The throttle bodies are adjusted for a certain flow at the factory and secured with a drop of paint. They are a never touch item, following the manual.
To get it right again when the butterfly stop has been disturbed or other cams are fitted(!), there is a procedure that was released as a service fix for other cars with the same injection system and components.
Be sure there are no leaks behind the butterfly. Check all connectors and hoses for cracks and fallen of parts. It is a good idea to renew them as they are very aged now and all have gotten very brittle, sometimes only at one end. Often they only stick to there position, letting false air in.
Basically with the engine at working temperature (cooling fan has started for 2 times) you disable the idle solenoid (or IAC valve =idle air control valve) electric connector and completely turn in the idle adjustment screw. Disconnect the O2 sensor signal cable.
Then you open the throttle stop until the car has a basic, low idle at about 650 rpm, but does not stall. The butterfly must be lifting a tiny in any case, to prevent it from sticking and wearing. If you need not to open it at all, there is a false air problem to fix!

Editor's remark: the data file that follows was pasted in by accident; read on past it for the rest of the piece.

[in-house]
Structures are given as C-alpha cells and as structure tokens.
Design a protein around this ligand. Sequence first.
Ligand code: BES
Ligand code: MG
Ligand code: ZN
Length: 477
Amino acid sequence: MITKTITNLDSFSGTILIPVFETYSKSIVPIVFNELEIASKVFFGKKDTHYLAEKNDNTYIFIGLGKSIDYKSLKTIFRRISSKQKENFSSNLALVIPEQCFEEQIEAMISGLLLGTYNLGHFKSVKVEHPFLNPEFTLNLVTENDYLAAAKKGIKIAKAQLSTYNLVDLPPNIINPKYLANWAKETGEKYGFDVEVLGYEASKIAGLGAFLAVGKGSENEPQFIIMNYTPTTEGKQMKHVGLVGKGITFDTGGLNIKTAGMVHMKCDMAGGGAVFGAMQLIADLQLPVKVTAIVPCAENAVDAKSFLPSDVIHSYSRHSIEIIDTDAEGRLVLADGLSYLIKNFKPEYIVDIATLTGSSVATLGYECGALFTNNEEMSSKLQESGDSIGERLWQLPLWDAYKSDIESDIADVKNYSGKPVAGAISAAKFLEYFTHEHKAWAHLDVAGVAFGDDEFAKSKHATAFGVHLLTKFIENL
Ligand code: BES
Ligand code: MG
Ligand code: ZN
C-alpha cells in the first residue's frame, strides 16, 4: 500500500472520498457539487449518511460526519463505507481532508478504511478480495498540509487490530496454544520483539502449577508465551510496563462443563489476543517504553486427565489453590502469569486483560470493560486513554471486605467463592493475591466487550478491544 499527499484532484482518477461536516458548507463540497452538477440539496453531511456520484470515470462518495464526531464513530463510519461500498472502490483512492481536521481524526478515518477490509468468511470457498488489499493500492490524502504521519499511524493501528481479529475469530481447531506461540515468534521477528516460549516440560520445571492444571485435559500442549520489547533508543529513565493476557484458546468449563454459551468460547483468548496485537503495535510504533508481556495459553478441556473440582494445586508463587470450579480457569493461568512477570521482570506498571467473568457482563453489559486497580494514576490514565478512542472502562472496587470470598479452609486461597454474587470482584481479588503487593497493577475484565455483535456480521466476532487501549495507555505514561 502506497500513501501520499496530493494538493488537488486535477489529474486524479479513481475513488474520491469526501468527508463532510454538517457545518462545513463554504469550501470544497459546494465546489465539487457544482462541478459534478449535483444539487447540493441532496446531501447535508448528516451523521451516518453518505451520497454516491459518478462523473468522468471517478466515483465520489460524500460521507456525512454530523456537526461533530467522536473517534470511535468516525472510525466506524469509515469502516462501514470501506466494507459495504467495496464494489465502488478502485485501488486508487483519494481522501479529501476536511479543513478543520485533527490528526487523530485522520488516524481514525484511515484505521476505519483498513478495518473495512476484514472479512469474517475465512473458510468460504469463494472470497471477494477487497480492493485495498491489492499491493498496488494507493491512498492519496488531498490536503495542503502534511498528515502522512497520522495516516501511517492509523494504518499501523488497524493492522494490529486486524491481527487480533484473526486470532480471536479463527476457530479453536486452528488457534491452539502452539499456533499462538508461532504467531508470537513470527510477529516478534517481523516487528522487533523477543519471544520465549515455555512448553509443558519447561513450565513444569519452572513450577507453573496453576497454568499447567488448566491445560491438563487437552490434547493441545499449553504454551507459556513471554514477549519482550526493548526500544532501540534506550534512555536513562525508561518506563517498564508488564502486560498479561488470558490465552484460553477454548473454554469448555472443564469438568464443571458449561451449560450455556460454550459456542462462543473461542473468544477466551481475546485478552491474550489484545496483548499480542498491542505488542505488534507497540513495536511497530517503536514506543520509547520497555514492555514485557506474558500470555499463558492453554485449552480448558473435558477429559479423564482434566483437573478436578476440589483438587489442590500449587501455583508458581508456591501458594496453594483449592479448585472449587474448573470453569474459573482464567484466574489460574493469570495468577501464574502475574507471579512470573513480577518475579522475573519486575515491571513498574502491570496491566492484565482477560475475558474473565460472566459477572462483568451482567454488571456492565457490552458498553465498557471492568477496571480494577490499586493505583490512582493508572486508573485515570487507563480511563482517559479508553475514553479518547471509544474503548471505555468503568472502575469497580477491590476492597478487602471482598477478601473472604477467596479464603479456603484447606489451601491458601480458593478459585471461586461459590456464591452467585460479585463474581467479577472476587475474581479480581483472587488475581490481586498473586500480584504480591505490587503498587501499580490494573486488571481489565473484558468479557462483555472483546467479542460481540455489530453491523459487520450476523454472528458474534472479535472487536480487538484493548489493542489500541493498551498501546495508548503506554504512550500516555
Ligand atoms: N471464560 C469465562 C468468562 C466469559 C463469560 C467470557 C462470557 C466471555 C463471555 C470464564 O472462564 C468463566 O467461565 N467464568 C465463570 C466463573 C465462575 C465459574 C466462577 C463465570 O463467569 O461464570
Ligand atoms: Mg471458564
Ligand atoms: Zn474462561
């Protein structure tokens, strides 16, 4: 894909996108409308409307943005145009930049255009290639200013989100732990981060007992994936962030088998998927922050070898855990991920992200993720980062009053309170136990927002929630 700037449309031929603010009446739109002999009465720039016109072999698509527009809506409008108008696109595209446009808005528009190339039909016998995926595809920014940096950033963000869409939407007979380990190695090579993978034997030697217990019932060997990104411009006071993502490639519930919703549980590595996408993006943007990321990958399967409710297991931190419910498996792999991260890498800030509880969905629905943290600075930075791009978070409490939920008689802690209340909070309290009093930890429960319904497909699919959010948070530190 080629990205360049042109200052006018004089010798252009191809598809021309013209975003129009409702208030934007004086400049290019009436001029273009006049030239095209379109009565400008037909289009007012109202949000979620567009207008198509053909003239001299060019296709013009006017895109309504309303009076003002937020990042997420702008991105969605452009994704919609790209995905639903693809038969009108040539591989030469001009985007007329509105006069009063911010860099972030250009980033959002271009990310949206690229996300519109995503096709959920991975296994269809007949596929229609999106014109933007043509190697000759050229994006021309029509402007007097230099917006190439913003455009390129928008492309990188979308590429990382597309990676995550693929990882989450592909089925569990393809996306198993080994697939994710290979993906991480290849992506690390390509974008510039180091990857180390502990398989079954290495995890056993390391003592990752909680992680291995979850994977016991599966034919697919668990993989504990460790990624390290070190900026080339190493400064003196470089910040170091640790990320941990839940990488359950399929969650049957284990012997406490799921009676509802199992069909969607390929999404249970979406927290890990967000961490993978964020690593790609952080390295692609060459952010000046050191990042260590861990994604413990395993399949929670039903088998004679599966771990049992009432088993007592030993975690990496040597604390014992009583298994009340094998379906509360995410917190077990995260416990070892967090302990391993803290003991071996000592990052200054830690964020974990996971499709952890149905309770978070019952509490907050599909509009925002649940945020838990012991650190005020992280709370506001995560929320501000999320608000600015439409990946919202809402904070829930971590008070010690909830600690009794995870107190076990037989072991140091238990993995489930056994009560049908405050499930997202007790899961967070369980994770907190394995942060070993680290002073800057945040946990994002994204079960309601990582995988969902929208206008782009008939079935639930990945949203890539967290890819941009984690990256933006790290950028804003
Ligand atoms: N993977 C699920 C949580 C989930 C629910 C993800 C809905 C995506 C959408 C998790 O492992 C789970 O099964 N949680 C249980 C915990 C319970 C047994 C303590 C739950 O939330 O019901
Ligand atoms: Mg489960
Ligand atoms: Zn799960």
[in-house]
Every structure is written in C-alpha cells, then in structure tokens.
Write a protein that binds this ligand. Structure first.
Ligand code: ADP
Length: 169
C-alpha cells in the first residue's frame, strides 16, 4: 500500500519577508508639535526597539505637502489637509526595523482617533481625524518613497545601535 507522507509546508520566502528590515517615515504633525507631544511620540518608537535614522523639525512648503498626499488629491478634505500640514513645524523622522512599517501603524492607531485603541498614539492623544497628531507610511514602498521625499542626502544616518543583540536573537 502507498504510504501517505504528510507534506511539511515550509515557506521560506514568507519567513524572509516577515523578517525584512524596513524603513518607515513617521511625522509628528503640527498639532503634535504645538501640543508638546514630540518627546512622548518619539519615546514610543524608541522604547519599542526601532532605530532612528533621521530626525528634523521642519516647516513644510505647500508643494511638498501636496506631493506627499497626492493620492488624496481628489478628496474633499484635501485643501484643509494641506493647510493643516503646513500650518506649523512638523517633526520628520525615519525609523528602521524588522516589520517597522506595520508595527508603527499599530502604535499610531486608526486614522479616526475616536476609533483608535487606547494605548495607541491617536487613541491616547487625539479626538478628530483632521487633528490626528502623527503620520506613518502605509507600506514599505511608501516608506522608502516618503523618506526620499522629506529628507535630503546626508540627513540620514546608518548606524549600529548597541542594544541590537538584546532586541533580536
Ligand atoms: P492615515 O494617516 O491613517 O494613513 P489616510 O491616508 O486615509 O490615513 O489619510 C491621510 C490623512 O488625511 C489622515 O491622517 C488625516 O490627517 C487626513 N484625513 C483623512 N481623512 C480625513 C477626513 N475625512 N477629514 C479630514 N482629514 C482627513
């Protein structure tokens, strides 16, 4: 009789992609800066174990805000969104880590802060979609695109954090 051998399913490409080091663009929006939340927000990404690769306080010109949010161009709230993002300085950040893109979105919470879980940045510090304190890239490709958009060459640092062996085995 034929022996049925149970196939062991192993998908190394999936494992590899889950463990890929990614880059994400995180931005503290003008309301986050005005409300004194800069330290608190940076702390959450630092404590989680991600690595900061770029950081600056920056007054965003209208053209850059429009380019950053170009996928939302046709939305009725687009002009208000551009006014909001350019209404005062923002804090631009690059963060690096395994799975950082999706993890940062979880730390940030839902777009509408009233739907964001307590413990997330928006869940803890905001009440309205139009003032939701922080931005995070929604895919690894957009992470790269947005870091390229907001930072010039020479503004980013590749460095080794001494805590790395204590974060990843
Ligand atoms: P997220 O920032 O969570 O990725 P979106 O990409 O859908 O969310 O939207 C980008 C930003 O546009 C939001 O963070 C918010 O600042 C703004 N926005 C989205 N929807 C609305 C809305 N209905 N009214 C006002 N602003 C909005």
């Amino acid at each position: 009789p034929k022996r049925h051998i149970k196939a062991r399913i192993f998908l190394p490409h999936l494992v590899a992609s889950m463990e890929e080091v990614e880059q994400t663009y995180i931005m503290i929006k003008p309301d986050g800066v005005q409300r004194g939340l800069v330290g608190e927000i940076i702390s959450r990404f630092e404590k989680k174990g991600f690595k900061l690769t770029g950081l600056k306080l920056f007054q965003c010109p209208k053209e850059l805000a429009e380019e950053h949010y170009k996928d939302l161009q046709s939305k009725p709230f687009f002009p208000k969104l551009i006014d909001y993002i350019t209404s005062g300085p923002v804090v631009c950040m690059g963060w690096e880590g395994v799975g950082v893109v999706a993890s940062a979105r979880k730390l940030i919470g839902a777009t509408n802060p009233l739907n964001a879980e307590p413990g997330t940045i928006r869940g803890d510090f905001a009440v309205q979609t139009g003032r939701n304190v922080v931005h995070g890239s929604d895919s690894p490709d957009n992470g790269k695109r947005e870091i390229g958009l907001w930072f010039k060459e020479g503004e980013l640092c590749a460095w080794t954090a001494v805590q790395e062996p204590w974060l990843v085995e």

If done, secure the throttle stop with paint.
Then adjust the idle to 750-800 rpm with the idle screw. It should react very spontaneous.
Last, connect the electrical connector to the IAC. The idle should be rising a few rpm (about 50) and be very stable at 850. Reconnect the O2 sensor.
It can be unnecessary to disconnect the O2 sensor for the procedure, if no stable idle can be achieved this way.
A bit of oscillation of idle rpm can not be avoided with most engines, because the O2 sensor makes for a permanent change from rich to lean, which is right if anything is OK.
If there is still no satisfying idle, independent of engine temperature, the CO may need some adjusting too. If you follow the manual, you have to use a CO tester connected in front of the catalytic converter and set it to about 1.0-2.5 % CO without Sensor connected to the ECU. But usually this setting is OK. All together a job for experienced mechanics that have a feeling for engines.
There may be other procedures for this task, but they all have the same aim: Get the adjusting devices, to operate at their best basic setting. Because the O2 sensor and IAC are disconnected, there is no active correction and you are automatically going for the best setting if you follow the instruction. Only if this setting is right, the IAC can perfectly control the idle , because it follows a map and works the better the least correction it has to make to the preset duty cycle. A basic workload has to be seen, that is why the idle set by the idle screw has to be a bit lower than the programed target rpm in the ECU. It can be neccesary to find the IACīs sweet spot with the help of the idle screw. But IAC connected and not connected have to make a difference in idle RPM.
The numbers given may vary a bit, depending on the instrument that measures RPM. If your cars manual shows other values, use them.
All basics like valve lash, cam timing, ignition parts, air filter, compression, etc. have to be in good working order prior to doing this adjustment, please!
With performance cams there may be no idle at all until you adjust the throttle stop, as these can affect the AFM because of strong pulsations!